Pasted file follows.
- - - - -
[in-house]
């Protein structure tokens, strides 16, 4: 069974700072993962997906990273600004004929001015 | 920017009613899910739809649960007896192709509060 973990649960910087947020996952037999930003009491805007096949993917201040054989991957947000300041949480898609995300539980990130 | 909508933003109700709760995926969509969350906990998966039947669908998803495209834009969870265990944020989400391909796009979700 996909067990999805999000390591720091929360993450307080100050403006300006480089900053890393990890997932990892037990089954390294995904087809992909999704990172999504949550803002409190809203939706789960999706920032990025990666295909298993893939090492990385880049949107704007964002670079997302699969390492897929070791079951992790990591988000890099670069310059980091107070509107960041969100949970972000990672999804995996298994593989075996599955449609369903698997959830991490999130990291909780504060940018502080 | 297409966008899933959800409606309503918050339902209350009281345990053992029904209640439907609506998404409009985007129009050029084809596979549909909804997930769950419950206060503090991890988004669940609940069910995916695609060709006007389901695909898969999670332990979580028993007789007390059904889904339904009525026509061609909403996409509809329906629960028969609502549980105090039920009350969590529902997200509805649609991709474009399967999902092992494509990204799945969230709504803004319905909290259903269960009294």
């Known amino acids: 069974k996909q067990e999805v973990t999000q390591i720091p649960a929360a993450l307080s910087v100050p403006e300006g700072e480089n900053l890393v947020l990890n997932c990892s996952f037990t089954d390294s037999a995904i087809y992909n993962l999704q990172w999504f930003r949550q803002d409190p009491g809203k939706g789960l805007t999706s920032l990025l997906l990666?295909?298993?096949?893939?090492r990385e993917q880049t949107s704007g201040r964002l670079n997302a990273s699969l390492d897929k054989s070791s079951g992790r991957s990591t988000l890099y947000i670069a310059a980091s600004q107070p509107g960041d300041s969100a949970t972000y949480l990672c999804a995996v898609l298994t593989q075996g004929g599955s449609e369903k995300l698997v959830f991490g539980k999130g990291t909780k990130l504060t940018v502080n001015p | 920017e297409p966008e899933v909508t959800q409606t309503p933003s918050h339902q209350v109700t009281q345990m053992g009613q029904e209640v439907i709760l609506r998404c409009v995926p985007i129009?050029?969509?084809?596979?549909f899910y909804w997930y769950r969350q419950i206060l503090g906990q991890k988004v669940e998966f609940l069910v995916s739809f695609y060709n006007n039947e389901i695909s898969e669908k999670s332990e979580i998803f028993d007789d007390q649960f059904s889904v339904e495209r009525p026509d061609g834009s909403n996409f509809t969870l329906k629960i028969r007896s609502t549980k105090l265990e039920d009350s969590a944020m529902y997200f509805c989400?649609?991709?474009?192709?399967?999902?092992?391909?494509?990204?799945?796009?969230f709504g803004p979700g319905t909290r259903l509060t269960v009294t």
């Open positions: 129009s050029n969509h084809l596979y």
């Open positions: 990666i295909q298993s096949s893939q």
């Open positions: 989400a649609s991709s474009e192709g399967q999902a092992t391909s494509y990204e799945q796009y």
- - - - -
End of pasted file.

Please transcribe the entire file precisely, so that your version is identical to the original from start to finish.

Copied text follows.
[in-house]
């Protein structure tokens, strides 16, 4: 069974700072993962997906990273600004004929001015 | 920017009613899910739809649960007896192709509060 973990649960910087947020996952037999930003009491805007096949993917201040054989991957947000300041949480898609995300539980990130 | 909508933003109700709760995926969509969350906990998966039947669908998803495209834009969870265990944020989400391909796009979700 996909067990999805999000390591720091929360993450307080100050403006300006480089900053890393990890997932990892037990089954390294995904087809992909999704990172999504949550803002409190809203939706789960999706920032990025990666295909298993893939090492990385880049949107704007964002670079997302699969390492897929070791079951992790990591988000890099670069310059980091107070509107960041969100949970972000990672999804995996298994593989075996599955449609369903698997959830991490999130990291909780504060940018502080 | 297409966008899933959800409606309503918050339902209350009281345990053992029904209640439907609506998404409009985007129009050029084809596979549909909804997930769950419950206060503090991890988004669940609940069910995916695609060709006007389901695909898969999670332990979580028993007789007390059904889904339904009525026509061609909403996409509809329906629960028969609502549980105090039920009350969590529902997200509805649609991709474009399967999902092992494509990204799945969230709504803004319905909290259903269960009294």
């Known amino acids: 069974k996909q067990e999805v973990t999000q390591i720091p649960a929360a993450l307080s910087v100050p403006e300006g700072e480089n900053l890393v947020l990890n997932c990892s996952f037990t089954d390294s037999a995904i087809y992909n993962l999704q990172w999504f930003r949550q803002d409190p009491g809203k939706g789960l805007t999706s920032l990025l997906l990666?295909?298993?096949?893939?090492r990385e993917q880049t949107s704007g201040r964002l670079n997302a990273s699969l390492d897929k054989s070791s079951g992790r991957s990591t988000l890099y947000i670069a310059a980091s600004q107070p509107g960041d300041s969100a949970t972000y949480l990672c999804a995996v898609l298994t593989q075996g004929g599955s449609e369903k995300l698997v959830f991490g539980k999130g990291t909780k990130l504060t940018v502080n001015p | 920017e297409p966008e899933v909508t959800q409606t309503p933003s918050h339902q209350v109700t009281q345990m053992g009613q029904e209640v439907i709760l609506r998404c409009v995926p985007i129009?050029?969509?084809?596979?549909f899910y909804w997930y769950r969350q419950i206060l503090g906990q991890k988004v669940e998966f609940l069910v995916s739809f695609y060709n006007n039947e389901i695909s898969e669908k999670s332990e979580i998803f028993d007789d007390q649960f059904s889904v339904e495209r009525p026509d061609g834009s909403n996409f509809t969870l329906k629960i028969r007896s609502t549980k105090l265990e039920d009350s969590a944020m529902y997200f509805c989400?649609?991709?474009?192709?399967?999902?092992?391909?494509?990204?799945?796009?969230f709504g803004p979700g319905t909290r259903l509060t269960v009294t």
């Open positions: 129009s050029n969509h084809l596979y």
């Open positions: 990666i295909q298993s096949s893939q």
């Open positions: 989400a649609s991709s474009e192709g399967q999902a092992t391909s494509y990204e799945q796009y």